As Federal Reserve officials go, John C. Williams may be a one-trick pony.

But his one trick might be enough: deep expertise in monetary policy.

Williams, 55, currently president of the Federal Reserve Bank of San Francisco, is the leading candidate to take over the far-more-powerful Federal Reserve Bank of New York, according to people with knowledge of the matter.

That's despite a lack of experience in crucial New York Fed functions, including daily money-market operations with Wall Street firms, oversight of global payment systems and coordination with foreign regulators on international banking issues -- not to mention supervision of the giant U.S. banks JPMorgan Chase & Co. (JPM - Get Report) , Citigroup Inc. (C - Get Report) , Goldman Sachs Group Inc. (GS - Get Report) and Morgan Stanley (MS - Get Report) .

Williams's primary experience with big-bank supervision is the San Francisco Fed's oversight of Wells Fargo & Co. (WFC - Get Report) , which created such a toxic culture of aggressive sales practices and customer abuses during his watch that the Federal Reserve Board in Washington had to take the draconian step of temporarily banning the San Francisco-based bank from further asset growth.

Williams is also a white man, at a time when many leaders of the New York community have clamored for the appointment of a woman or minority candidate to replace retiring New York Fed President Bill Dudley, another white man.

But take a look at Williams's resume, and his strength becomes clear. Since getting a doctoral degree from Stanford University in 1994, he has spent his entire career in the Federal Reserve System, doing research on the economy and monetary policy. He's authored or co-authored 101 research articles or other publications on the topic, according to his curriculum vitae. He's also served on the Federal Reserve's monetary-policy committee with former Fed Chairs Ben Bernanke and Janet Yellen, both economics experts in their own right; at meetings, Williams chimed in confidently on the arcana of employment economics, the relationship between business confidence and investment and the impact of interest rates on foreign exchange, according to transcripts.

And it so happens that an academic grounding in economics and monetary policy is the biggest hole on the resume of current Fed Chairman Jerome Powell -- a former private-equity executive, investment banker and corporate lawyer appointed this year by President Donald Trump. That's significant because the Fed sets benchmark U.S. borrowing costs as part of its mandate to keep unemployment low and runaway inflation at bay.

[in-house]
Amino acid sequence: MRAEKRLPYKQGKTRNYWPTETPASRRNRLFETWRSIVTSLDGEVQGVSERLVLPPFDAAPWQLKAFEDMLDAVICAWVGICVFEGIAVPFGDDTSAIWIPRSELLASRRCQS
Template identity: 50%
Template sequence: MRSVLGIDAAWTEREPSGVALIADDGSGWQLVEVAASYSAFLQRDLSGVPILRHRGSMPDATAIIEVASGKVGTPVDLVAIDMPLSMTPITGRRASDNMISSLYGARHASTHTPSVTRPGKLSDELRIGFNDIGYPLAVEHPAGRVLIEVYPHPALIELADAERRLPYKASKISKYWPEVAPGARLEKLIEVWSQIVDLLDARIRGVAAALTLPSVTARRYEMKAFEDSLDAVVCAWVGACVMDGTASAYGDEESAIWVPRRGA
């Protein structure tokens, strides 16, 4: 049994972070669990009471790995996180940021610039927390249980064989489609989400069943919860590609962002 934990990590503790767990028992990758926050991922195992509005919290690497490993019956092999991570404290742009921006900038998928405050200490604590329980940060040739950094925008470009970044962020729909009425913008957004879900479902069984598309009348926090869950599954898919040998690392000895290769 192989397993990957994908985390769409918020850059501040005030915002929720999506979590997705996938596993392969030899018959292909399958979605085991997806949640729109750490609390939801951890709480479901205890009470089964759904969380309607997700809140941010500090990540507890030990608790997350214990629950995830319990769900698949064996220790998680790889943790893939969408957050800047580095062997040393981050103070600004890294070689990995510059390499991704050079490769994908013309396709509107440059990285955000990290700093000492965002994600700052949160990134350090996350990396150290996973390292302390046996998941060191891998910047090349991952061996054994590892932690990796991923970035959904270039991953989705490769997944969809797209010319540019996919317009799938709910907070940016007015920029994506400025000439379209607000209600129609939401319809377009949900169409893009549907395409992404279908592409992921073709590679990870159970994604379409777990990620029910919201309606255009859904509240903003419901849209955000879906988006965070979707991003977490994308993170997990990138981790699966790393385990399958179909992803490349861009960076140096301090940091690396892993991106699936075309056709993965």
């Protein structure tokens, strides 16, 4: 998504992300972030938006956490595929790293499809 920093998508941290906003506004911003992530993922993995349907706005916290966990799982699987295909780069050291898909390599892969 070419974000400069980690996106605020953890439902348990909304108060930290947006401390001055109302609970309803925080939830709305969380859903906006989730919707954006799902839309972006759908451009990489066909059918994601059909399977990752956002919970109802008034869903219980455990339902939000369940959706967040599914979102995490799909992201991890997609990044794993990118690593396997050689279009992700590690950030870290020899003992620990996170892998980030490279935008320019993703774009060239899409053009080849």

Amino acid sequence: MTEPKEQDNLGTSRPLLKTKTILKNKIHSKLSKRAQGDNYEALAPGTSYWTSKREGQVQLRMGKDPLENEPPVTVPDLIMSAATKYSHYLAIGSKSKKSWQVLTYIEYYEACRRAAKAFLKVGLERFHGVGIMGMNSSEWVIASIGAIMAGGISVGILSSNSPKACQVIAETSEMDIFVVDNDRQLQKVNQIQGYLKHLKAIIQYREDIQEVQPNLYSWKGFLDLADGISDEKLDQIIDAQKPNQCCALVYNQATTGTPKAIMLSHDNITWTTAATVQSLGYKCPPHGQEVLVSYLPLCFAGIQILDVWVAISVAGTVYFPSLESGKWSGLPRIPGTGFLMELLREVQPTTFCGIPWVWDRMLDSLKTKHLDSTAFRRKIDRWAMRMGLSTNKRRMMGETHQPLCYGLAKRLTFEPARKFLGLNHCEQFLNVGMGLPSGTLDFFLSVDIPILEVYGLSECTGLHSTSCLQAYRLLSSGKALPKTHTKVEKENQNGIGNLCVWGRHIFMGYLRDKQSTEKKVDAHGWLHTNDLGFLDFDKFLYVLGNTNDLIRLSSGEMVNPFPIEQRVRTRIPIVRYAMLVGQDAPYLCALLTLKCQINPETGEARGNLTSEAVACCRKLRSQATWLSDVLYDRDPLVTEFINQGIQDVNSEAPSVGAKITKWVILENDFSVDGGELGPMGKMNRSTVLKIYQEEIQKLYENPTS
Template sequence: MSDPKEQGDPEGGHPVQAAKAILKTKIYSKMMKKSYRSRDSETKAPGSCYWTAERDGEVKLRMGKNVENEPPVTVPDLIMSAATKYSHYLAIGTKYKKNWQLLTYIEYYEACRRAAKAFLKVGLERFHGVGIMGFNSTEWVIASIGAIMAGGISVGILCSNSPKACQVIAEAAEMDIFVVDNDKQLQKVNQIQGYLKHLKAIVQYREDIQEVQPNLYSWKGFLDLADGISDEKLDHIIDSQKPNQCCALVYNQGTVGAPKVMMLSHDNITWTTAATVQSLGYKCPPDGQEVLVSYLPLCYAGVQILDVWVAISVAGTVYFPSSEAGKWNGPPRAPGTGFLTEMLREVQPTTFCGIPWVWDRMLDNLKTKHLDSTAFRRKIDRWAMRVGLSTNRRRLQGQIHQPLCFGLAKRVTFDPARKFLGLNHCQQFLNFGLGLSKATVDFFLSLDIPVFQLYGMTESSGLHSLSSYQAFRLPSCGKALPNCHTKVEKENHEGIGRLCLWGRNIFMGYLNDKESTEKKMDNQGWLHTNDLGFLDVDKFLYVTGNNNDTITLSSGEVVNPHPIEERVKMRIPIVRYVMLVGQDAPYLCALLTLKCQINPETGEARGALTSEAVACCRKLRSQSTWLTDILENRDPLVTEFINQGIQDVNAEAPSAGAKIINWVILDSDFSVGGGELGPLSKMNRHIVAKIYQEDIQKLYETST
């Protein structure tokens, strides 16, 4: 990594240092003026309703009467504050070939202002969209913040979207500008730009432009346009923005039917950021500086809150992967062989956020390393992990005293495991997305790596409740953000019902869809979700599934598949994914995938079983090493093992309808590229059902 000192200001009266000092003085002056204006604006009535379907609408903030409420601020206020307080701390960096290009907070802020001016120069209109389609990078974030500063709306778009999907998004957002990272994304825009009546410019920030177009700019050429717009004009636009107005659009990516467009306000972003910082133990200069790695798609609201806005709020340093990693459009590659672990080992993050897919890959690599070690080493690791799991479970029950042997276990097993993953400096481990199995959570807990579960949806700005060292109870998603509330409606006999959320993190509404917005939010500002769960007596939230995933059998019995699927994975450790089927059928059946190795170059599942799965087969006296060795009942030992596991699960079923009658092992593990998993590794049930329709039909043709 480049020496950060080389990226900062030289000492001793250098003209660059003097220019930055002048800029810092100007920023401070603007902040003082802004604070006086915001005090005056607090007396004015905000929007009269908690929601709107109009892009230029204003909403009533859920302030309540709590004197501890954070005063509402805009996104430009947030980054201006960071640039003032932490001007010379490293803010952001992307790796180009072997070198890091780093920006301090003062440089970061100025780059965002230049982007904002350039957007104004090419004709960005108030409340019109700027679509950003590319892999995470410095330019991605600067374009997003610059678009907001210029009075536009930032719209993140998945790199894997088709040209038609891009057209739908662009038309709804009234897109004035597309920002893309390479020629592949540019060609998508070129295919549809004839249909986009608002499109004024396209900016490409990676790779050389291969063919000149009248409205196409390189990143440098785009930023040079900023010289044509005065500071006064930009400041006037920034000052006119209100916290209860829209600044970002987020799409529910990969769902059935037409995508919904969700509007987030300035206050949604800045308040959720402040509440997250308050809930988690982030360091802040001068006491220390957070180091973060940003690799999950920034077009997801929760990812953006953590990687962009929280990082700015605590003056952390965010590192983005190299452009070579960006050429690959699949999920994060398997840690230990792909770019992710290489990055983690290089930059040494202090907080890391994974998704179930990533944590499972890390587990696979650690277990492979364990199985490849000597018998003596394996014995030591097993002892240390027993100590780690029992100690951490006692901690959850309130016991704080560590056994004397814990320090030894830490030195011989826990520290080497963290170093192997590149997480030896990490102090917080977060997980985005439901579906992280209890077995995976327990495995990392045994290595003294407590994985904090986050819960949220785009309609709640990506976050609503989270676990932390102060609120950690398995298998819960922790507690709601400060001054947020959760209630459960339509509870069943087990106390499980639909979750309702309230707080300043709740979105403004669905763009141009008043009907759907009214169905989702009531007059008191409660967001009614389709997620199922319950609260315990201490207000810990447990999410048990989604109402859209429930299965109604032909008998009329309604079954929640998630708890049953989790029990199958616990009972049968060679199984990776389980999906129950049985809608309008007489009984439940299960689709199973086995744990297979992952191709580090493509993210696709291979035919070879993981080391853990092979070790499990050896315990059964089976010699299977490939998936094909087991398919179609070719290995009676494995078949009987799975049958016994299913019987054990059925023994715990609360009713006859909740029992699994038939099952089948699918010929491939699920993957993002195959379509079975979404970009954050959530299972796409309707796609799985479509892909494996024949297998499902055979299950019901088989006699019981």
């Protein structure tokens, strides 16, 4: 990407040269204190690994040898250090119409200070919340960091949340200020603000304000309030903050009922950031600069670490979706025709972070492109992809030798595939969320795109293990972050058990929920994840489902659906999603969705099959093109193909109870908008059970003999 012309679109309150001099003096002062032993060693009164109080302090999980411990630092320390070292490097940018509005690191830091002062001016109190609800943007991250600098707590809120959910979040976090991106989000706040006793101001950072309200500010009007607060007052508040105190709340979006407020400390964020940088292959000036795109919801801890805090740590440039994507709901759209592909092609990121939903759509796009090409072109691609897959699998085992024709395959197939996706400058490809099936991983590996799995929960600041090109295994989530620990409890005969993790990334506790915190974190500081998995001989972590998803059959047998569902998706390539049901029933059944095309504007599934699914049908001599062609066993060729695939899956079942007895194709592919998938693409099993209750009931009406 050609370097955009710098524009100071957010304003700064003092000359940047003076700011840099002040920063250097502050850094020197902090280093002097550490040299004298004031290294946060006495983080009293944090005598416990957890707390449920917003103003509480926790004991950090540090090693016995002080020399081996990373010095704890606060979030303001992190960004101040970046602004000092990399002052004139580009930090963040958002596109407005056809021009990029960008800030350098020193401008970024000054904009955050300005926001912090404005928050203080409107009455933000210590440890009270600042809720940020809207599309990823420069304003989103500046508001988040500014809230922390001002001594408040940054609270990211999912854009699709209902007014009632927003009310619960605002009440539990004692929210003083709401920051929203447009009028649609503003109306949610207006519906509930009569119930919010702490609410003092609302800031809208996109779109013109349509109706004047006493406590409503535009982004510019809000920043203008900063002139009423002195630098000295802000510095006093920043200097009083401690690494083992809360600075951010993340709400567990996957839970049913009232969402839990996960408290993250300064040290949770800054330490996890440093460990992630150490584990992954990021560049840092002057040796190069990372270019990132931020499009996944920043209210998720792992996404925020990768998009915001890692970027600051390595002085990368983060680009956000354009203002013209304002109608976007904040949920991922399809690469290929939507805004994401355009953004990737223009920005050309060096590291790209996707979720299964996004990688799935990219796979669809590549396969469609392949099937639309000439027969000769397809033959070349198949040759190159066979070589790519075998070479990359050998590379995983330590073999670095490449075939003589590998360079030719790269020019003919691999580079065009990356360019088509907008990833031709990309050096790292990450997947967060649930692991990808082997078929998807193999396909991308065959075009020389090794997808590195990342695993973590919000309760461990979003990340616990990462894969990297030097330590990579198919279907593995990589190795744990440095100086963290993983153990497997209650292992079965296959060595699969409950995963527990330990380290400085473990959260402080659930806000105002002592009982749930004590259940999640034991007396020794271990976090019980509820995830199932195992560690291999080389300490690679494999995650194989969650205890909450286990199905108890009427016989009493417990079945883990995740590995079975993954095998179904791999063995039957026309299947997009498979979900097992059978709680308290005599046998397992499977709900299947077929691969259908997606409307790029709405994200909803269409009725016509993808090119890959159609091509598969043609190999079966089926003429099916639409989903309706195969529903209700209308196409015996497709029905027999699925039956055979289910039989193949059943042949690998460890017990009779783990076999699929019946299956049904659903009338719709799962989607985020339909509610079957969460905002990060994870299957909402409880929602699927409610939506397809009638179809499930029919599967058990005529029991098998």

So Williams's expertise in monetary policy could make him a crucial ally of Powell's as the Fed seeks to reverse the drastic steps taken by the Fed to stimulate the economy following the financial crisis of 2008. Those included providing more than $1 trillion in secret emergency loans to banks, cutting interest rates to near zero and quadrupling the size of the Fed's balance sheet to about $4.5 trillion in a bid to flood financial markets with freshly printed money.

Controversy over the job search is amplified by the fact that the New York Fed president, while playing an outsize role in U.S. financial and regulatory policies, is neither elected nor appointed by an elected official. Whereas Fed chairs are nominated by the president of the U.S., heads of regional Fed branches are nominated by committees of local board members - some of them nominated by banks - and approved by the Federal Reserve Board in Washington.

"Too often, arguments for the independence of the Fed are used as cover for insufficient transparency that leads directly to the clear lack of diversity in the highest levels of governance in the Federal Reserve system," Noel Poyo, executive director of the National Association for Latino Community Asset Builders, said last week in a statement from a coalition of community and advocacy groups.